The economical parameters include:

a. Gross revenue per year G k:

(eit>0)

b. Total cost per year C k:

c. Total profit per year F k:

Fk=Gk+ Ck

d. Payback time (years)TK:

TK =I/FK

e. Net present value NPVK:

f. Internal rate of return IRRk:

g. Benefit/Cost ratio BCk

h. NPV/In vestment ratio FIk

12.5.2. Input (-) /Output (+) of Individual Material

The quantity of products produced or consumed by a project is also important to judge whether the project is feasible or not. If the amount of one or two main materials consumed is greater than the limited resources available, the project has to stop running. In order to prevent this from happening, both bar graph and curve line are applied to show the changes in each product during a whole productive period. Fig. 12.5 shows the data transfer:

Fig. 12.5 Steps to Calculate Product Quality

In Fig.12.3:

a jt = a ijt
A jt = a jt · X j

12.5.3. Evaluation of the Whole System

Three types of indices are applied to evaluate the whole system. They are the volume in kind, the volume in money and the volume in discount energy. The economic criteria of the whole project are calculated as shown in Fig. 12. 6.

Fig. 12.6 Working Steps for Evaluating the Whole System

In Fig.12.5:

Vijk=Aij· Pik


where:

A ij= the amount of product produced or consumed in the activity j;
A i = the total amount of product i inputed or outputed to /from the global system;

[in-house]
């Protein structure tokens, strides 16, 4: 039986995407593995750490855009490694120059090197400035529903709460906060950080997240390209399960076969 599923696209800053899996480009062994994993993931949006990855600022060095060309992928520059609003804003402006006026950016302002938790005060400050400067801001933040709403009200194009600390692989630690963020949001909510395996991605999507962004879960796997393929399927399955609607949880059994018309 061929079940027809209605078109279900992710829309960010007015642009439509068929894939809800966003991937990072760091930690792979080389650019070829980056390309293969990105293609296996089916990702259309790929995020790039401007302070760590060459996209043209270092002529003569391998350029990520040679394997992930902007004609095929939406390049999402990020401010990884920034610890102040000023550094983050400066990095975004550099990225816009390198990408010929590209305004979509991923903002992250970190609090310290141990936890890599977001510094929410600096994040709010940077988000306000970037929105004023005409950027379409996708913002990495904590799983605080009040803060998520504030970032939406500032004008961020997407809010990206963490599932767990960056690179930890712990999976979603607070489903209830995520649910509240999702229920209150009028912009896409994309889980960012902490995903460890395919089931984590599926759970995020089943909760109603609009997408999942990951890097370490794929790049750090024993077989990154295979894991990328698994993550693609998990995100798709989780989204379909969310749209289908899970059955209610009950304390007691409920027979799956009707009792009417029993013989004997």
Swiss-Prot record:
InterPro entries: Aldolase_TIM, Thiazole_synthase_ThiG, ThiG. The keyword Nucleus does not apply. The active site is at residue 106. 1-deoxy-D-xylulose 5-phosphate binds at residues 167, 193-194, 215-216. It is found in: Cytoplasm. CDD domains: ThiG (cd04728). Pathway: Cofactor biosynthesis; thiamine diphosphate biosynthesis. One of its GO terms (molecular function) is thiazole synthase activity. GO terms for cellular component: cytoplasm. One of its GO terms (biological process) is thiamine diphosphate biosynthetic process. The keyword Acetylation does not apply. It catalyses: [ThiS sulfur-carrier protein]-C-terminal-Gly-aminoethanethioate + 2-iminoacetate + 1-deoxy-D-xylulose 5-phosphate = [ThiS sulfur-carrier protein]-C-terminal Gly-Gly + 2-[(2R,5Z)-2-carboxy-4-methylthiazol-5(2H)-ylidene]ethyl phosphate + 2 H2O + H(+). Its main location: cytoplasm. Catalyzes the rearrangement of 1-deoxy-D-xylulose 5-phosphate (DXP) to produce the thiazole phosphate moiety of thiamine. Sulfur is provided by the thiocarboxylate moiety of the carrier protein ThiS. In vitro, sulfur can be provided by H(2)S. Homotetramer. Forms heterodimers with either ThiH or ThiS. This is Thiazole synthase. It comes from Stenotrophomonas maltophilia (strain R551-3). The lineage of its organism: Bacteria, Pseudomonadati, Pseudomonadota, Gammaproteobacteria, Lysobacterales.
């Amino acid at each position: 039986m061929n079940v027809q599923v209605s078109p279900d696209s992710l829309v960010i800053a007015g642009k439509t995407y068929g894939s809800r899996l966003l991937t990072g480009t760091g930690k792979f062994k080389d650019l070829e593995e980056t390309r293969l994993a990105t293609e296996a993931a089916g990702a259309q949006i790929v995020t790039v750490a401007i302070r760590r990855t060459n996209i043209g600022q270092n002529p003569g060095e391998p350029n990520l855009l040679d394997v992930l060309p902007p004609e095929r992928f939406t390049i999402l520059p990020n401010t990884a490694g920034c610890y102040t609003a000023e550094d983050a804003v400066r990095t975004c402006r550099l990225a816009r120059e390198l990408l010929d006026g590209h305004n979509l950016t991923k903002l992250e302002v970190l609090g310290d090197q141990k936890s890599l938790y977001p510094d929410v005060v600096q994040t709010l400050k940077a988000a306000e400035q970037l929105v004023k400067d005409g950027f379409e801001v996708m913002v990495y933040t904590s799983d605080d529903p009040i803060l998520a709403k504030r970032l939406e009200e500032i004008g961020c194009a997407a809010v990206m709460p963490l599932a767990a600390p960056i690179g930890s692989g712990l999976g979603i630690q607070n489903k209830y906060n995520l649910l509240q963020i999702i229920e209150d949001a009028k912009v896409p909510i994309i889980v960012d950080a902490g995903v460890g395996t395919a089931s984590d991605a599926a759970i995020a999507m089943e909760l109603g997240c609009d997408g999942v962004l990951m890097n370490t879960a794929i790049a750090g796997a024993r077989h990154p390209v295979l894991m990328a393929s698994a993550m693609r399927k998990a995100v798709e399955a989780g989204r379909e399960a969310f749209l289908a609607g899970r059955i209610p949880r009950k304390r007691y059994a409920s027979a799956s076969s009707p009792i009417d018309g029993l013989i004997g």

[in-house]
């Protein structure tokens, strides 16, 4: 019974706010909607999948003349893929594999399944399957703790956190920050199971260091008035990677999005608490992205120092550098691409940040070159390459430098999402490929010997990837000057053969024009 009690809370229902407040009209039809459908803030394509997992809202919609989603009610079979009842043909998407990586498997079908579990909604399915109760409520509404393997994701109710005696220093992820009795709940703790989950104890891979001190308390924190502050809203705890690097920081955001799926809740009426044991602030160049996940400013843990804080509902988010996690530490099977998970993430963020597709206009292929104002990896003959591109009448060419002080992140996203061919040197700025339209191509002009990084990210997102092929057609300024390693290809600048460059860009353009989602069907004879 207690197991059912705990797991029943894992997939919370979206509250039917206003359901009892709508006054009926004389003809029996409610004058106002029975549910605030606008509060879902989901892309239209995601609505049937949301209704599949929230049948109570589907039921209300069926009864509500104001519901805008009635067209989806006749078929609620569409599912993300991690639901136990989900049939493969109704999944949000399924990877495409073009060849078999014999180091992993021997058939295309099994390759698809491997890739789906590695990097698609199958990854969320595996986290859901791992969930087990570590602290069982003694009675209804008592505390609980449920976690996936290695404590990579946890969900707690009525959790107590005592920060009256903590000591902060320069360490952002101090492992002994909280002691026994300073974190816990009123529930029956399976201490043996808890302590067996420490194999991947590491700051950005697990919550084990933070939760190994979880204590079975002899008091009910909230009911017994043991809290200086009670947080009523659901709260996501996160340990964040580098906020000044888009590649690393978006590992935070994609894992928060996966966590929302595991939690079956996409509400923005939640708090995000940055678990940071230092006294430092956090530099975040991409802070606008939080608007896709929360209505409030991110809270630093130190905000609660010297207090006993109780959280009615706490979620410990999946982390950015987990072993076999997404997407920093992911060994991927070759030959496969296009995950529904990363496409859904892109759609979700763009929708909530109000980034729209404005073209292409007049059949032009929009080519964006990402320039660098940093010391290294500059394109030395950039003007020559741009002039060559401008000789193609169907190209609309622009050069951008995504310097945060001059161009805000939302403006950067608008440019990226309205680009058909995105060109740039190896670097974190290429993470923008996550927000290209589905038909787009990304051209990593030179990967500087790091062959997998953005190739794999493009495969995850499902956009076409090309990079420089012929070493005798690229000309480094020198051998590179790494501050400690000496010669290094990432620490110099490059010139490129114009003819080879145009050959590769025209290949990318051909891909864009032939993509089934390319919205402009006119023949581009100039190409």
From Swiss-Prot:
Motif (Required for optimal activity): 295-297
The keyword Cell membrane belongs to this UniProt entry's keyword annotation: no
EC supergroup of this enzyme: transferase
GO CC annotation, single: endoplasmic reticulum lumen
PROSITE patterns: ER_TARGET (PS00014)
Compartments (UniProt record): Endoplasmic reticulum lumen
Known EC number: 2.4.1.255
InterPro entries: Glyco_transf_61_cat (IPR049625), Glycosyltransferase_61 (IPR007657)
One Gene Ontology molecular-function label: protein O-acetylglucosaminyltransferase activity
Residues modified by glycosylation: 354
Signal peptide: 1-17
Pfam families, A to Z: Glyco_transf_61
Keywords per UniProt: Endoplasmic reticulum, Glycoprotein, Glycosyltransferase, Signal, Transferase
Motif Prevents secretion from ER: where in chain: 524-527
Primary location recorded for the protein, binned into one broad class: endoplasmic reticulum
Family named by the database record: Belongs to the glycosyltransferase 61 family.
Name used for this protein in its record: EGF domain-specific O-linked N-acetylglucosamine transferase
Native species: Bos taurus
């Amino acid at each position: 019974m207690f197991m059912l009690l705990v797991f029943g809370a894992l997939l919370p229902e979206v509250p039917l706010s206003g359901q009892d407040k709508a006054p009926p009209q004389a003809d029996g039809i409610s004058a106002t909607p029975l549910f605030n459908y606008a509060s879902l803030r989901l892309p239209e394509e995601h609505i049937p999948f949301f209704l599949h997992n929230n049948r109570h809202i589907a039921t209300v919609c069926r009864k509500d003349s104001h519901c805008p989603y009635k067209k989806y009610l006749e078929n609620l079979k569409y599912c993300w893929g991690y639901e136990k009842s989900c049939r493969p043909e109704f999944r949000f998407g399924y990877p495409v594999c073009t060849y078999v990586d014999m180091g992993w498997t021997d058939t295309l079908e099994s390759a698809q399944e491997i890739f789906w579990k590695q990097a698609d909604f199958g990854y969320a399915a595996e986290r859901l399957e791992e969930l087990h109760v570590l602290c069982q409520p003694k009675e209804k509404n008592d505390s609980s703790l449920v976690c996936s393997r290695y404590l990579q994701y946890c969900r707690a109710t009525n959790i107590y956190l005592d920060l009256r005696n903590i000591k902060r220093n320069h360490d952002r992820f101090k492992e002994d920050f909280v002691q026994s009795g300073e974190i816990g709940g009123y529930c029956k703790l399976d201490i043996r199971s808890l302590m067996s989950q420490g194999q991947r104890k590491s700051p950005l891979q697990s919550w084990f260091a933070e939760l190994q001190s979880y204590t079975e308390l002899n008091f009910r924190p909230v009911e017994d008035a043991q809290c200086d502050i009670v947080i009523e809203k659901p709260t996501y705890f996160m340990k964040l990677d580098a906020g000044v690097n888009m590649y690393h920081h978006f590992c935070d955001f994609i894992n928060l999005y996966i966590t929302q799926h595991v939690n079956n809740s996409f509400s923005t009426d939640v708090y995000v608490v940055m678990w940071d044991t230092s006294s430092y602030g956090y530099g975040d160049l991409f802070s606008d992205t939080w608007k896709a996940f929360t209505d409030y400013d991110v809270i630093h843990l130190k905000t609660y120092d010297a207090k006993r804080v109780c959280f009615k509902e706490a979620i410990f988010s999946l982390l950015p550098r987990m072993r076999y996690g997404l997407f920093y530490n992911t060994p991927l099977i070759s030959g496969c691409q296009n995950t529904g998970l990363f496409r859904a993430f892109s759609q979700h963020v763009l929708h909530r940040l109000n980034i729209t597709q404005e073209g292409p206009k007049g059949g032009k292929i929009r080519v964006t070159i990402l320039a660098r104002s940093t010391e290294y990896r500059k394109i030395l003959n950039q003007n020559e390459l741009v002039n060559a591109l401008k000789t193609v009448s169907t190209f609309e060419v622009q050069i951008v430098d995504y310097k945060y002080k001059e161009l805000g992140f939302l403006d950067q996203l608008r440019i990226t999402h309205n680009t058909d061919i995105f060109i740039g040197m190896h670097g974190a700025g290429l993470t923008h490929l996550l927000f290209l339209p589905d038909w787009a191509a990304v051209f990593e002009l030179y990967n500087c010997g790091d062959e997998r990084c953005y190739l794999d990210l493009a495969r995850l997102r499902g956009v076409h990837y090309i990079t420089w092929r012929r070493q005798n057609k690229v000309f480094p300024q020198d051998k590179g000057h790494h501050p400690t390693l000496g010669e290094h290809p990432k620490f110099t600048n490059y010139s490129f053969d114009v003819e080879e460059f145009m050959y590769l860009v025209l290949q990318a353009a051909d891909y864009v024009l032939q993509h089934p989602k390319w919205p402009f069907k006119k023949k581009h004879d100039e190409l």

V ijk= the monetary value of product i produced or consumed by activity j;
V jk = the profit of the activity j;
V ik = the total monetary value of product i produced or consumed by the whole project;
V k = the total profit of the project of a special alternative;
E ij= the discount energy volume of product i produced or consumed by activity j;
E j = the net discount energy produced or consumed by activity j;
E i = the discount energy of product i produced or consumed by the whole project;
E= the total discount energy inputed into or outputed from the whole system with a special alternative.

The tables PAT01, PAT02, and PAT03 indicate the relationships among activities and between the system and its environment separately with the quantity of materials, with monetary value and with energy value. They provide more information to the decision-maker. Table 12.4 and table 12.5, as an example, show the results of the alternative NO. 3.

Table 12.4 The Results of Analysis of the Individual Activities

Activities

Units

Plan

Revenue (Yuan)

Cost (yuan)

Profit (yuan)

BC

Payback time

NPV (yuan)

Energy output

Energy input

Net energy

Corn chemical fertil.

1mu

100

17707.00

-16784.00

932.00

1.05

0.00

0.00

1208049.00

-106404.60

1101644.40

Corn organic fertili.

1mu

100

18992.00

-15450.00

3542.00

1.23

0.00

0.00

1306794.00

- 71637.20

1235156.80

Corn organic/chemica

1mu

0

0.00

0.00

0.00

0.00

0.00

0.00

0.00

0.00

0.00

Sw.Sorgh.var. SN249

1mu

50

12380.00

- 8005.62

4374.38

1.55

0.00

0.00

314779.00

- 58583.97

256195.00

Sw.Sorgh.var. ER1195

1mu

50

12380.00

- 8005.62

4374.38

1.55

0.00

0.00

333221.50

- 58583.97

274637.53

Sw.Sorgh.var. R1195

1mu

50

12250.00

- 8005.62

4244.38

1.53

0.00

0.00

307650.00

- 58583.97

249066.03

Sw.Sorgh.var. Roma

1mu

50

15000.00

- 8005.62

6994.38

1.87

0.00

0.00

420625.00

- 58583.97

362041.03

Soya chemical fertil.

1mu

100

15510.00

-18632.50

-3122.50

-0.83

0.00

0.00

829450.00

- 88173.86

741276.14

Soya organic fertil.

1mu

50

7217.50

- 6931.62

285.88

1.04

0.00

0.00

366440.00

- 26700.13

339739.87

Soya organic/chemica

1mu

50

7762.50

- 8574.50

-812.00

-0.91

0.00

0.00

422275.00

- 38453.02

383821.98

Greenhouse/ cucumber

100m2

0

0.00

0.00

0.00

0.00

0.00

0.00

0.00

0.00

0.00

Greenhouse/ tomatoe

100m2

3.9

5850.00